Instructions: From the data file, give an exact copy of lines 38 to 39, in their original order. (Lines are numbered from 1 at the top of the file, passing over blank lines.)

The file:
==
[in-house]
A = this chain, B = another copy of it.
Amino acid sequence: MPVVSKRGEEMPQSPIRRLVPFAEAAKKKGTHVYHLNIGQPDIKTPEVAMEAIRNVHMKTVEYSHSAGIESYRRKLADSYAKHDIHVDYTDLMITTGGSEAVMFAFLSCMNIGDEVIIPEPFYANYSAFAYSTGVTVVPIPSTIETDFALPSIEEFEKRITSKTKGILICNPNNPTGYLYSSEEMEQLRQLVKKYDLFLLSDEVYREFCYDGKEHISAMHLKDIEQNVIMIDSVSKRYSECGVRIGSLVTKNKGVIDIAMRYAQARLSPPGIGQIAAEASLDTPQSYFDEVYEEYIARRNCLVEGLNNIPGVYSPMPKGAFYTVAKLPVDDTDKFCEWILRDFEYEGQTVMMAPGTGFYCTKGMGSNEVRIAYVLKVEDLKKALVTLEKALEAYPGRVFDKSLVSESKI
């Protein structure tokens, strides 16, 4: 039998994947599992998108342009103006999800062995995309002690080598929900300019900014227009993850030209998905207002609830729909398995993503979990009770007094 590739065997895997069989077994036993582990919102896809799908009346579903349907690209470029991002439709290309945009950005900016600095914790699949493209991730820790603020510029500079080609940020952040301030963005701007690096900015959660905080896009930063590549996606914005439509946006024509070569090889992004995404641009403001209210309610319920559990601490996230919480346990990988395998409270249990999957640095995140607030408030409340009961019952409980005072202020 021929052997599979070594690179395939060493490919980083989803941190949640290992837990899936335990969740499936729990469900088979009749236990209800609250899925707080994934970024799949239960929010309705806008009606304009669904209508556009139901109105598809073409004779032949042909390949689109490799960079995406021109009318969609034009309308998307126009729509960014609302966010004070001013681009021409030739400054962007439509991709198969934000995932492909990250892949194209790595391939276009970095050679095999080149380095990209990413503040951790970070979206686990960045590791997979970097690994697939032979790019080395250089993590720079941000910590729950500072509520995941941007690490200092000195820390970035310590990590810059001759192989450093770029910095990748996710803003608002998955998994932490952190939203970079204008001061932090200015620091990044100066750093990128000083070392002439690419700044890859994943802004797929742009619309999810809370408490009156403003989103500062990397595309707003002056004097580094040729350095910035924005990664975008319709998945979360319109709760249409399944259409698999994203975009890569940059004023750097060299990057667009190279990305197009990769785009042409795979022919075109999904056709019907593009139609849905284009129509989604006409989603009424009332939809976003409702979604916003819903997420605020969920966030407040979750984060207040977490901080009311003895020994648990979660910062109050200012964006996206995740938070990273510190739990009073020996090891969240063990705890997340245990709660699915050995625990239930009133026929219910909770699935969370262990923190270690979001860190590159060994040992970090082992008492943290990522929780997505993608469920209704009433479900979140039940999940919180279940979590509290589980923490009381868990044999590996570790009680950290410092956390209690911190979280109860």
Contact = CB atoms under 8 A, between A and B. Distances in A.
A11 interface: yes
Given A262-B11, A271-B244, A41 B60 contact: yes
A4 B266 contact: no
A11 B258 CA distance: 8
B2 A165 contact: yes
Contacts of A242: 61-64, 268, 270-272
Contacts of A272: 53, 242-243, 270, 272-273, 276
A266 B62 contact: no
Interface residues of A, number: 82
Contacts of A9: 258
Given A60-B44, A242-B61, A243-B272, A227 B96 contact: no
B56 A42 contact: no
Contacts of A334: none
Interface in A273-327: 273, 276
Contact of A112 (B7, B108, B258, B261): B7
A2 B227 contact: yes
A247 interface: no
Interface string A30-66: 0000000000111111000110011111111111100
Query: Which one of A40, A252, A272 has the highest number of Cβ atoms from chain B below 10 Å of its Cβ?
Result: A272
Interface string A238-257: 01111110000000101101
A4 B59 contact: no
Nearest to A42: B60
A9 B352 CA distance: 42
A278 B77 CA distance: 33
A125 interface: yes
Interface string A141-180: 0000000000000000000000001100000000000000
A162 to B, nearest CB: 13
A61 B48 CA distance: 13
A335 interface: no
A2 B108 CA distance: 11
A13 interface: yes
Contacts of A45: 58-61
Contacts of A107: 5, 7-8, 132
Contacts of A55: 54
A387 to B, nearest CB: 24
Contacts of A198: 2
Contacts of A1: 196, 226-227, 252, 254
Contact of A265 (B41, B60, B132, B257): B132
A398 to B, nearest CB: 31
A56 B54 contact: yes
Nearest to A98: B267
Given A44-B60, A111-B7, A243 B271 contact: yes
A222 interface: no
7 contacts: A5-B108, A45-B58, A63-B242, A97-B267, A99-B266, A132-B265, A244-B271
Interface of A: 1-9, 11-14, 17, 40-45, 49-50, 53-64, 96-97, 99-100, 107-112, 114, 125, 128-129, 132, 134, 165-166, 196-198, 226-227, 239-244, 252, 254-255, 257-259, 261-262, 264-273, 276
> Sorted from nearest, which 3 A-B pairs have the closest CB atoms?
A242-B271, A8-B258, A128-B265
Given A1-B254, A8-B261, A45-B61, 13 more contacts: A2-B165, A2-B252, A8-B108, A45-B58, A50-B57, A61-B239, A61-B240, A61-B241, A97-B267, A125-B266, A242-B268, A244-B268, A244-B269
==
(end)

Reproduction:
Contacts of A45: 58-61
Contacts of A107: 5, 7-8, 132